Introduction: the persistence of community -- Communal complexity on the margins -- Measuring social complexity in the early iron age -- Producing community -- Managing community -- Conclusion: the complex community.
Social Science

Rome and the Classic Maya

Comparing the Slow Collapse of Civilizations

Author: Rebecca Storey,Glenn R Storey

Publisher: Routledge

ISBN: 1315309394

Category: Social Science

Page: 292

View: 9986

This volume compares two of the most famous cases of civilizational collapse, that of the Roman Empire and the Classic Maya world. First examining the concept of collapse, and how it has been utilized in the historical, archaeological and anthropological study of past complex societies, Storey and Storey draw on extensive archaeological evidence to consider the ultimate failure of the institutions, infrastructure and material culture of both of these complex cultures. Detailing the relevant economic, political, social and environmental factors behind these notable falls, Rome and the Classic Maya contends that a phenomenon of “slow collapse” has repeatedly occurred in the course of human history: complex civilizations are shown to eventually come to an end and give way to new cultures. Through their analysis of these two ancient case studies, the authors also present intriguing parallels to the modern world and offer potential lessons for the future.
Social Science

Seducing Ourselves

Understanding Public Denial in a Declining Complex Society

Author: Donna L. Armstrong, Ph.d.,Donna L Armstrong Ph D

Publisher: CreateSpace

ISBN: 9781495933134

Category: Social Science

Page: 250

View: 8720

Our large human brains evolved some 1.8 million years ago to facilitate social cohesion in small groups, supporting higher-order thinking as well as emotional cooperation as a survival strategy. But when written symbolic language, which developed as a result of agriculture and complexity, made possible the abstract group identity known as “the public,” we were seduced by collective support of the public identity to engage in environmentally maladaptive group “fictive play.” In Seducing Ourselves, you will encounter a wide range of intriguing concepts and ideas concerning complex societies, connecting together a vast multitude of topics—from evolutionary neurobiology and social psychology to the billions of US tax dollars that are going to the energy-intensive agricultural industry to produce the comfort foods behind the obesity epidemic. An epidemiologist by profession, Donna L. Armstrong's theories are distinctive within the fascinating literature of complex social collapse in making the important distinction between collective behavior and individual choice, and in the use of the United States as a case study to illustrate the stages of complex development and decline. A provocative yet hopeful “slow read,” Seducing Ourselves is an enormously important work for the sustainability and “transforming communities” movements.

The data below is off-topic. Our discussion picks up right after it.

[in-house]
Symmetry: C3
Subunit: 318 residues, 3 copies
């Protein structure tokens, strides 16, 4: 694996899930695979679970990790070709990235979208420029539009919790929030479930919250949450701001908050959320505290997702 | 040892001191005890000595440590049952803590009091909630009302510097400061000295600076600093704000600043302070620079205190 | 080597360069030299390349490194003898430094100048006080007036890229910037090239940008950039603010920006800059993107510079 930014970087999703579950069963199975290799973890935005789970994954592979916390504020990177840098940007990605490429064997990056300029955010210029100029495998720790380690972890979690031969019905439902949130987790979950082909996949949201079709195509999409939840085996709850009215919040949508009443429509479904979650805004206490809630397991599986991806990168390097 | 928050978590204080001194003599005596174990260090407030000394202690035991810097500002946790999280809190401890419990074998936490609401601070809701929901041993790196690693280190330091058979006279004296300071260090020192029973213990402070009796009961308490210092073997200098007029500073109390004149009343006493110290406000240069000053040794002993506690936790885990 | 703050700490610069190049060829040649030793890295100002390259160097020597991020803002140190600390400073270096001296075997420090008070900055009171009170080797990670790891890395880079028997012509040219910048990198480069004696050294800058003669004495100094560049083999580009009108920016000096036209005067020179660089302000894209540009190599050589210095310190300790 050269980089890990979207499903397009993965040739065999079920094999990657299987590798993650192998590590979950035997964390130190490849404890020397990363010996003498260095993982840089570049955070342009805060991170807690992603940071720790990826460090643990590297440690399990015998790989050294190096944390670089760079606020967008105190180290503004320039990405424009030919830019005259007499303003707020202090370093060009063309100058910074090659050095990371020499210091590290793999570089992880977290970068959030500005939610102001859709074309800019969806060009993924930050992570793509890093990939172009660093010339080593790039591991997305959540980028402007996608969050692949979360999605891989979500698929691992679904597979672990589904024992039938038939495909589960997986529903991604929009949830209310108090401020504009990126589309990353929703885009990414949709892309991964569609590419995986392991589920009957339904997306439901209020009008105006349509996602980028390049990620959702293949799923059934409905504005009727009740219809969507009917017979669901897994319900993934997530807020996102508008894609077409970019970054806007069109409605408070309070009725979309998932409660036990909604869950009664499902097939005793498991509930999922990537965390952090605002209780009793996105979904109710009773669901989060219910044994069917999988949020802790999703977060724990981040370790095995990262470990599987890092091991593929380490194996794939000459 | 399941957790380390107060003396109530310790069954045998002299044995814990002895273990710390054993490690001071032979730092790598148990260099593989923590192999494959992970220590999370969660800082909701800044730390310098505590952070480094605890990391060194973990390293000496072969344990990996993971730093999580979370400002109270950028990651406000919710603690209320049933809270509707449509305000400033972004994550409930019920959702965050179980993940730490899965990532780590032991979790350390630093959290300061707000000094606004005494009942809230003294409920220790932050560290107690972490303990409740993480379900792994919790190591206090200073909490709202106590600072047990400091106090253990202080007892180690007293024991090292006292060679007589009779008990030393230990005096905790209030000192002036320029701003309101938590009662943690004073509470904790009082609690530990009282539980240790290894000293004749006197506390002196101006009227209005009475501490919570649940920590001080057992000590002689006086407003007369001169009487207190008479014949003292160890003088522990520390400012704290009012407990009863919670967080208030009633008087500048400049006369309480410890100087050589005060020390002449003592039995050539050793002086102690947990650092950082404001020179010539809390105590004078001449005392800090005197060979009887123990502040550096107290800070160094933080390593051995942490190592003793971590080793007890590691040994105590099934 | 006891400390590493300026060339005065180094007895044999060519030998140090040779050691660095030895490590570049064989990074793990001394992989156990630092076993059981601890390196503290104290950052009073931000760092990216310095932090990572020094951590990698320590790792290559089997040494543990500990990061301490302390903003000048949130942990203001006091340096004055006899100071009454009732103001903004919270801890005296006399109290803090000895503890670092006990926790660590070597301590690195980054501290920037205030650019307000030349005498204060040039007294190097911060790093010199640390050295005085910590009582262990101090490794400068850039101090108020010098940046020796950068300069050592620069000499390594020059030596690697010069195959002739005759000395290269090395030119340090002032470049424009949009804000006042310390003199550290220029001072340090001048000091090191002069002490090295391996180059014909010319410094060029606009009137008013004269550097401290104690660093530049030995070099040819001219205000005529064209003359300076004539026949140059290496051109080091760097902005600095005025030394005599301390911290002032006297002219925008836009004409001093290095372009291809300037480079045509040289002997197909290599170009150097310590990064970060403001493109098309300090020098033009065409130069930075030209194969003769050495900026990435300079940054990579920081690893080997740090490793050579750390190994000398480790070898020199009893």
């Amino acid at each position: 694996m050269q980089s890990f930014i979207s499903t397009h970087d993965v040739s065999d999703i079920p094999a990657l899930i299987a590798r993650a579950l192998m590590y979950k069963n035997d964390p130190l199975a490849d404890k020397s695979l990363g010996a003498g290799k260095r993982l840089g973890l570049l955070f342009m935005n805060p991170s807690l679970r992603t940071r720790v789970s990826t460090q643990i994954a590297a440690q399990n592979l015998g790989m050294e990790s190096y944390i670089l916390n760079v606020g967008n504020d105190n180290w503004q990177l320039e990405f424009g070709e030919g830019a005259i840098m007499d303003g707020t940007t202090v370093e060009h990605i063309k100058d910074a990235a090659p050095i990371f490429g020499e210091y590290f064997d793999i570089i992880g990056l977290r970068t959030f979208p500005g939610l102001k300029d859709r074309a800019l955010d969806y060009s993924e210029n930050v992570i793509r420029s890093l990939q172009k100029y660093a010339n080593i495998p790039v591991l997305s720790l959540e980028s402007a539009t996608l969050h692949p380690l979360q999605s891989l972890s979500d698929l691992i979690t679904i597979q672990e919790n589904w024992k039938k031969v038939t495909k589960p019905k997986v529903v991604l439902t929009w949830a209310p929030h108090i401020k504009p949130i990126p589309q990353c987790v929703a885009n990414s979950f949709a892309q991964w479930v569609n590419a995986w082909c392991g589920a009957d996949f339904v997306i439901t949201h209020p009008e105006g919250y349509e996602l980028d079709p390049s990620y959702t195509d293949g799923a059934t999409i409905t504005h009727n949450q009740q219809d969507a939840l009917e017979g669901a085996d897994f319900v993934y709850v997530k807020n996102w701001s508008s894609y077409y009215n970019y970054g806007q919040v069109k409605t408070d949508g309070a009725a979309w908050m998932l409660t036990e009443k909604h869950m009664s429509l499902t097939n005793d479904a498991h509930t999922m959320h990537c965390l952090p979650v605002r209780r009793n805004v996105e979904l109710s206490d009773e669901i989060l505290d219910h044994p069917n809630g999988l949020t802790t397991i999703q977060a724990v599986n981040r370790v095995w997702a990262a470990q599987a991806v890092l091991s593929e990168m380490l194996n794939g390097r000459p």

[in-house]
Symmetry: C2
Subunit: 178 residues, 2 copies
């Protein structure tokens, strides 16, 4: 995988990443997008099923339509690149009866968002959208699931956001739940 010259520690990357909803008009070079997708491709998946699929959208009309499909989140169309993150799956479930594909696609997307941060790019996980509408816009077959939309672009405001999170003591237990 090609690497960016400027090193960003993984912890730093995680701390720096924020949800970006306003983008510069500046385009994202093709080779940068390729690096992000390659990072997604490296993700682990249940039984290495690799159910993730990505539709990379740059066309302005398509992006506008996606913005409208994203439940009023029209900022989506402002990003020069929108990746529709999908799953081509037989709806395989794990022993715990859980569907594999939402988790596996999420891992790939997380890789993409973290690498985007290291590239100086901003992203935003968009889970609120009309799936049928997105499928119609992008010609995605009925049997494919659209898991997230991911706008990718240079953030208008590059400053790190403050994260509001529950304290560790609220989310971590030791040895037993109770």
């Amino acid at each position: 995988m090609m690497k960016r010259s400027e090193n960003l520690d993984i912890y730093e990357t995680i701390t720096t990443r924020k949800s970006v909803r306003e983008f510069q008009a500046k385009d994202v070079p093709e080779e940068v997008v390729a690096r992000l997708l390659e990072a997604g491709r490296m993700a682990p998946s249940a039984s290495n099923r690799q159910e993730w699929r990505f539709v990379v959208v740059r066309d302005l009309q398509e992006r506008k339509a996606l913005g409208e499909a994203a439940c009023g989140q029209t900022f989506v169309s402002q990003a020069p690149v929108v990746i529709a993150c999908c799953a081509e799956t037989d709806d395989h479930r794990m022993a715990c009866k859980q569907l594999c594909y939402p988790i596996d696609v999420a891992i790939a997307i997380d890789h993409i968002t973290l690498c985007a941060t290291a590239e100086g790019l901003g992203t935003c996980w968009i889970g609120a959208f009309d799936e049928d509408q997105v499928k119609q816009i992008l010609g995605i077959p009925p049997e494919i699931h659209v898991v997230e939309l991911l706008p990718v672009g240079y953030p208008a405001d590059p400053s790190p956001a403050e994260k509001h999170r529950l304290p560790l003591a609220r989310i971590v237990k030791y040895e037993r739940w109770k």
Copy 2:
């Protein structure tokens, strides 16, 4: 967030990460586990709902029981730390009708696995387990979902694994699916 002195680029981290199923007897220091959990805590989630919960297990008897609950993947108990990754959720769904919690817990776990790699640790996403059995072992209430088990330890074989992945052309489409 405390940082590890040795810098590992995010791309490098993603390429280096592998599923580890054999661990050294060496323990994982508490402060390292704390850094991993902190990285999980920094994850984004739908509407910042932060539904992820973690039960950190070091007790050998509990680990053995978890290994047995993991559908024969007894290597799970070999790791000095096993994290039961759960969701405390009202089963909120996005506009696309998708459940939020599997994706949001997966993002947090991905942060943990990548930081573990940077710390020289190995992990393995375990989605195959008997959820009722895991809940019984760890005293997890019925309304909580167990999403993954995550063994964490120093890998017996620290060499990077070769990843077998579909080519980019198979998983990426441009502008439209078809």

Supply-side Sustainability

Author: T. F. H. Allen,Joseph A. Tainter,T. W. Hoekstra

Publisher: Columbia University Press

ISBN: 9780231105873

Category: Science

Page: 459

View: 3949

This is the first book to integrate ecological and social science in an interdisciplinary treatment of sustainability. The book explains sustainability and collapse in human societies ranging from hunter-gatherers to empires and today's industrial world.

Reinventing Collapse

The Soviet Experience and American Prospects

Author: Dmitry Orlov

Publisher: New Society Publishers

ISBN: 1550924753


Page: 208

View: 7497

A guide to the decline of the American empire for individuals, families and communities